Tanking Through the Power of Magic and Bullets
The idea of adding guns to FFXIV isn’t exactly a new idea – the Coral Tower in Limsa Lominsa has a sign indicating it as the future home of some pistol-based class and the leader of Limsa Lominsa uses pistols as their signature weapon. In addition, we’ve been dealing with the Garlean Empire which makes use of gunblades and various other firearms melded with melee weapons. We all expect that we’ll see a pistol-wielding class in the near future, but the idea most players have in mind is probably closer to Final Fantasy XI’s Corsair, which is a DPS class. In all likelihood when we see the Corsair show up in FFXIV, a DPS class is exactly what we’ll get and they’ll more than likely have some form of DPS job available to specialize as a damage dealer. The Magitek Knight I’m envisioning would be a second job path to provide the Corsair with multiple roles, similar to the Pugilist’s Dancer and the Marauder’s Dark Knight we came up with months ago.
Now how exactly does the Magitek Knight tank with pistols, let alone the non-heavy armor we discussed earlier? Simple – we just add a bit of magic into the mix. The original Corsair class from FFXI was a mostly physical class with luck-based mechanics, but not much in the way of magic. If we mix in some magic, say from adding 15 levels of Conjurer as a job requirement, then the class can meld their prowess with pistols with the power of the elements. This pairing of sidearm and sorcery gives us plenty to play with for creating our new ranged tank job.
So how does adding magic let our pistol tank survive tanking a dragon? If you look at the Conjurer class, besides the various healing abilities, they have skills to prevent that damage in the first place – Protect increases their defenses and Stoneskin can absorb incoming damage. Since our Magitek Knight is wearing lighter armor to allow for mobility, magical protection sounds like a great match. The Magitek Knight could have a self-buff, similar to the Paladin’s Shield Oath and Warrior’s Defiance, that provide base damage reduction, increased threat generation and other various bonuses that tanks love. The damage reduction will need to be scaled due to the much lower base armor of the cloth/leather the MK is wearing, but that’s fairly simple. If the developers wanted to keep things simple and prevent adding a bunch of tank-focused cloth gear, this could also be handled with the self-buff. The Conjurer’s Cleric Stance shows it’s already possible to swap stats on a character, so something similar could be done to boost Vitality. Avoidance stats are a bit trickier, but a Trait for the MK could handle that with something like “Increases Dodge by X% of DEX” and “Increases Parry by Y% of INT”. Doing all of this, we can relatively easily bring this pistol-wielding tank on par stat-wise with his plate wearing counterpart.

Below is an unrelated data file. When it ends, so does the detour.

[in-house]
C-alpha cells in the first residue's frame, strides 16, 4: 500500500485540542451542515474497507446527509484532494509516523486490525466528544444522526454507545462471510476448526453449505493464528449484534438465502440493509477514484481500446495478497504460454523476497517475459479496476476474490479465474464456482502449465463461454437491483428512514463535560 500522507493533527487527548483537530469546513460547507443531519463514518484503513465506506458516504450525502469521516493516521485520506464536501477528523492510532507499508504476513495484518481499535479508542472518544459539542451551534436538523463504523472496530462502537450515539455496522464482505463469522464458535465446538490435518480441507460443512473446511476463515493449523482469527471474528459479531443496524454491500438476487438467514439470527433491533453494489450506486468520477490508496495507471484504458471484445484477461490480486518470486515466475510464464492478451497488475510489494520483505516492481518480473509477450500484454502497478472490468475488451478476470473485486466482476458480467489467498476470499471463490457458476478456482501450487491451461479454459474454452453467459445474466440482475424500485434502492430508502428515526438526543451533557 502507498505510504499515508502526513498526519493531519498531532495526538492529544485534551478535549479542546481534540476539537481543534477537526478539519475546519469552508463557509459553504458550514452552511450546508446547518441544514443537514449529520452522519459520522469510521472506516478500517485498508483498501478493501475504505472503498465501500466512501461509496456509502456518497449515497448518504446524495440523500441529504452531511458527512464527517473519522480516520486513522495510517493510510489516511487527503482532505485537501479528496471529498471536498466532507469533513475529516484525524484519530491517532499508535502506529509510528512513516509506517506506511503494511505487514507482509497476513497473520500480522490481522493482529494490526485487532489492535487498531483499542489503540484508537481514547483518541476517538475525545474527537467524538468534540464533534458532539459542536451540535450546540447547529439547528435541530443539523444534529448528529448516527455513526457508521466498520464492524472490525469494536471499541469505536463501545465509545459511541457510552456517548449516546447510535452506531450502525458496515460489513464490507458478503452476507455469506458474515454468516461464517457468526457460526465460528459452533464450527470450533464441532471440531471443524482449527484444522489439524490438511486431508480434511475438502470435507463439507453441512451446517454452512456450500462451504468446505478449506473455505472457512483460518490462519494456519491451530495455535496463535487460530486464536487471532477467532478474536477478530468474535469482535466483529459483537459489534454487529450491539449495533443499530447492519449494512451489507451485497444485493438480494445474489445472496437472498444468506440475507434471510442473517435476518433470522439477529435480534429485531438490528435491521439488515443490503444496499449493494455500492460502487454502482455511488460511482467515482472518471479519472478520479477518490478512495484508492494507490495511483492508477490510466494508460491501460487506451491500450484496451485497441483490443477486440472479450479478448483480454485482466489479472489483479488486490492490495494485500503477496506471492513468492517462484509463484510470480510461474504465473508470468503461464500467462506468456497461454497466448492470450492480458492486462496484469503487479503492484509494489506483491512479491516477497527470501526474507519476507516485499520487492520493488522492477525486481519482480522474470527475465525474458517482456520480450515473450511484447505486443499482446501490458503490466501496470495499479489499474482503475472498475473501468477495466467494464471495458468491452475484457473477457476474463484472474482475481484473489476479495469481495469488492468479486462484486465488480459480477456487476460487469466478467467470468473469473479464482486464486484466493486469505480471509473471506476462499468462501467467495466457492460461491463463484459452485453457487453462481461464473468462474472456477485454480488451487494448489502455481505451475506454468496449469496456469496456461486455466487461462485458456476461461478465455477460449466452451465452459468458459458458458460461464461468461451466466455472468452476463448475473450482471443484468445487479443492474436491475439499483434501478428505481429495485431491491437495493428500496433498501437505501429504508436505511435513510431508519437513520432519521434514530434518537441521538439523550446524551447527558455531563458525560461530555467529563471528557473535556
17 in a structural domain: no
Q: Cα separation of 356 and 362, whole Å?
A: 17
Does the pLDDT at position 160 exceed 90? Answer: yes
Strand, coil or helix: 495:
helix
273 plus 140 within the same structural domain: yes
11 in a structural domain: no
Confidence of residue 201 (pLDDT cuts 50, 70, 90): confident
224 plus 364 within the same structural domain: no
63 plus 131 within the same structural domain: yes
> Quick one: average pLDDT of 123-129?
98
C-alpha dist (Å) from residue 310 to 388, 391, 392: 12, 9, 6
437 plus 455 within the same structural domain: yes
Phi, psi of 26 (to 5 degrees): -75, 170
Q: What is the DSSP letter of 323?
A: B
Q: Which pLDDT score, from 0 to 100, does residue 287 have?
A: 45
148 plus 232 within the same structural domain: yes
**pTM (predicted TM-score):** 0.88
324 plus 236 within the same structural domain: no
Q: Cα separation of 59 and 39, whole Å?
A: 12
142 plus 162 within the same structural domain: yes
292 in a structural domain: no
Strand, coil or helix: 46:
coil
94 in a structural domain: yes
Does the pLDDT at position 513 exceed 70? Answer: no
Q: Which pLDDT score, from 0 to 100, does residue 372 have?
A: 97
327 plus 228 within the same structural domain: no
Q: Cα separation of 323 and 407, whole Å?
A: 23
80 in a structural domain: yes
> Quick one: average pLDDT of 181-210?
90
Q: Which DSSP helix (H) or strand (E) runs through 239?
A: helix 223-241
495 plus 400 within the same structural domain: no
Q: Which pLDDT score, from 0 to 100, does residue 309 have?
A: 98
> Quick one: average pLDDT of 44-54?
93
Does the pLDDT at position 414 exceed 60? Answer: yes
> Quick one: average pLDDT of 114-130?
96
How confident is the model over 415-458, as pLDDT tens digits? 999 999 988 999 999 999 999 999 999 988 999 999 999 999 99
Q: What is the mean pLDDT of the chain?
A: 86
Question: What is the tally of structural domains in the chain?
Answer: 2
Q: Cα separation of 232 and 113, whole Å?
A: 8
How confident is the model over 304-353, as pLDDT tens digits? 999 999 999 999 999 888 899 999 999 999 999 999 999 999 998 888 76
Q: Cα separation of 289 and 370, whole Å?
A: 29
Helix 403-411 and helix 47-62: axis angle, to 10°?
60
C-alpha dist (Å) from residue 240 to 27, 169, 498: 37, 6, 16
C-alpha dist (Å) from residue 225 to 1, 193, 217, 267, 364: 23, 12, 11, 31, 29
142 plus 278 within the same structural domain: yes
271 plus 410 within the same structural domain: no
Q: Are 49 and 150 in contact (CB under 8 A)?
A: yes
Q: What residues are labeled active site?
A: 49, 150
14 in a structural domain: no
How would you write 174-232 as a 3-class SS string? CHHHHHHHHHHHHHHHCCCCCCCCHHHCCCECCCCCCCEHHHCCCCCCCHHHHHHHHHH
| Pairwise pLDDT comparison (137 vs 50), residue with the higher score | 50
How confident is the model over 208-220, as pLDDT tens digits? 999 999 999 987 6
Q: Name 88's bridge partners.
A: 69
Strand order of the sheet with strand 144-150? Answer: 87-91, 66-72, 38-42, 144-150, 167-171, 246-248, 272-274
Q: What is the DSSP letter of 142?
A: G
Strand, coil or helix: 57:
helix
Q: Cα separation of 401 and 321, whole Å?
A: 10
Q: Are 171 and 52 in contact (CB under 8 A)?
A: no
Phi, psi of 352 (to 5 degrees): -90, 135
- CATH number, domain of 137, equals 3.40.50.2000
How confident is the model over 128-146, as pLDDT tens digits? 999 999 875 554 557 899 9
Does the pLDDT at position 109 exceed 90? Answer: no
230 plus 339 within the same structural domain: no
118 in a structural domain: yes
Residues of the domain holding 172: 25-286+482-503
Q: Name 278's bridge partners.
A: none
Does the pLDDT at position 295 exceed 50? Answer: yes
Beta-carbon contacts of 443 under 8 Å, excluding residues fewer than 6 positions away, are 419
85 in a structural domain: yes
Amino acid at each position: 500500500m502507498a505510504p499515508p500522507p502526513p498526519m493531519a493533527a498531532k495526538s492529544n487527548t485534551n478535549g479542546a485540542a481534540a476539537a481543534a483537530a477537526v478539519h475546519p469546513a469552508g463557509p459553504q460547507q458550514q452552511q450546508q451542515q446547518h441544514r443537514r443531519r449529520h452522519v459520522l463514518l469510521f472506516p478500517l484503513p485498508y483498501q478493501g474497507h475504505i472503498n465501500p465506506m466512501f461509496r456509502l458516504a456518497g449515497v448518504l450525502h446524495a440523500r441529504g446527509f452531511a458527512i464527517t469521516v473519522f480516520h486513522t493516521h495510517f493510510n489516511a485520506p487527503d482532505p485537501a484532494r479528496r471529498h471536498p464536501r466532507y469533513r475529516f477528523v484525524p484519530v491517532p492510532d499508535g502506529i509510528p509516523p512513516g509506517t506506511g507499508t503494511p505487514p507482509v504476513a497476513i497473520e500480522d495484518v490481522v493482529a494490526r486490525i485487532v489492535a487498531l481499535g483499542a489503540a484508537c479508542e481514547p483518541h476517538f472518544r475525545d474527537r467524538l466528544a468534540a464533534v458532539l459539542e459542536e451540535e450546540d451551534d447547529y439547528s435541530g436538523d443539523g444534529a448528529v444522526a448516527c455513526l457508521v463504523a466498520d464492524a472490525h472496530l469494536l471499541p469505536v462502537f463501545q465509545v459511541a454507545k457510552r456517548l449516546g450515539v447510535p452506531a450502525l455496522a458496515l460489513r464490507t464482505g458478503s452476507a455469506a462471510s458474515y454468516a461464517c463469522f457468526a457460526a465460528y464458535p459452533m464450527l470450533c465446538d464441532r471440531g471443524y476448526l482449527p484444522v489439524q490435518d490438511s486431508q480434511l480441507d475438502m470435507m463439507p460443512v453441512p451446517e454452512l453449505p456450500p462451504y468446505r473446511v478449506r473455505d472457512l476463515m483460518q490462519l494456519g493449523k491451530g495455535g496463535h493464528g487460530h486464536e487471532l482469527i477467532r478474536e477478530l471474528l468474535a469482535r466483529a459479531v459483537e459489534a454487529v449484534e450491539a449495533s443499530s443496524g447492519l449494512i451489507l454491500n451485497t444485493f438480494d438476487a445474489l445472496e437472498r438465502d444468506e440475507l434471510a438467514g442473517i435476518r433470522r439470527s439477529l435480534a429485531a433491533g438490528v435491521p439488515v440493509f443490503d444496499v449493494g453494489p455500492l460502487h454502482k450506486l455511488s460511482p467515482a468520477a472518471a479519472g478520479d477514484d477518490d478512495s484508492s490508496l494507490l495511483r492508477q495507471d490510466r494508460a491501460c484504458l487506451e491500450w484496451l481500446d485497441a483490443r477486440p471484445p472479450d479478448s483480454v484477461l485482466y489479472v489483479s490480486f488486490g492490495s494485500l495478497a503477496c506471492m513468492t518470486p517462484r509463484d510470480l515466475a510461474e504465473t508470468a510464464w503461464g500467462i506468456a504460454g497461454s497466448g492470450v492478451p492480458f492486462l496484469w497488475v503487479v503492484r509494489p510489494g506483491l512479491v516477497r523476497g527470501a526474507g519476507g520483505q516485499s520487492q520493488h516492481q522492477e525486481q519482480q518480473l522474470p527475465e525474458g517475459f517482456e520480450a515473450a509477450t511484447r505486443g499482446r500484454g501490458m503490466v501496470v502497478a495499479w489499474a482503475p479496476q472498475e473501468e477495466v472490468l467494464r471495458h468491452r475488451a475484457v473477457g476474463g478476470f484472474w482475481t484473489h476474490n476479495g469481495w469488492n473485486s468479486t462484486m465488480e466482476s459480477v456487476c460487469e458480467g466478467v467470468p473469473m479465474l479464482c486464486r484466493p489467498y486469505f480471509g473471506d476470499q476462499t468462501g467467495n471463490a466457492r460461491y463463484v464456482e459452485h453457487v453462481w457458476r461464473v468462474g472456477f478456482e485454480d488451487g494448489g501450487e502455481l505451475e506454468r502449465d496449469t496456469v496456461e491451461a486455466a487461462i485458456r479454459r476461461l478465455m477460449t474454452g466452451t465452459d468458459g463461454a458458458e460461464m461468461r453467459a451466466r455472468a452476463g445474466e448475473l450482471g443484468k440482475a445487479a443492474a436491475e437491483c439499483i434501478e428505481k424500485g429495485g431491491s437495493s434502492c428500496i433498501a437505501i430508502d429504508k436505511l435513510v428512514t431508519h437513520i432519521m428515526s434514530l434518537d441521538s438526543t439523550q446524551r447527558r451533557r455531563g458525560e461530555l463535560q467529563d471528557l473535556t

That just leaves us with figuring out how the Magitek Knight would play. Our pistol tank may be able to take a hit now, but what makes him different from the Paladin and the Warrior? Let’s start with how those classes work. Both existing tanks are built off various combo chains of abilities and survival cooldowns. Paladins stick pretty close to this base model, but mix in a few more priority attacks to keep on cooldown in between combos. Warriors add in Wrath stacks as a resource to manage during combat. The stacks are built while attacking your target and provide a stacking buff to healing from spells and critical hit rate for the Warrior, but these stacks can be spent on finishing moves for a large AoE attack, a single target hit that also heals the tank or to buff the tank temporarily and remove the damage penalty from Defiance. This adds some element of resource management to the Warrior, which is close to what I’m looking for, but I think we can go a bit further with the Magitek Knight.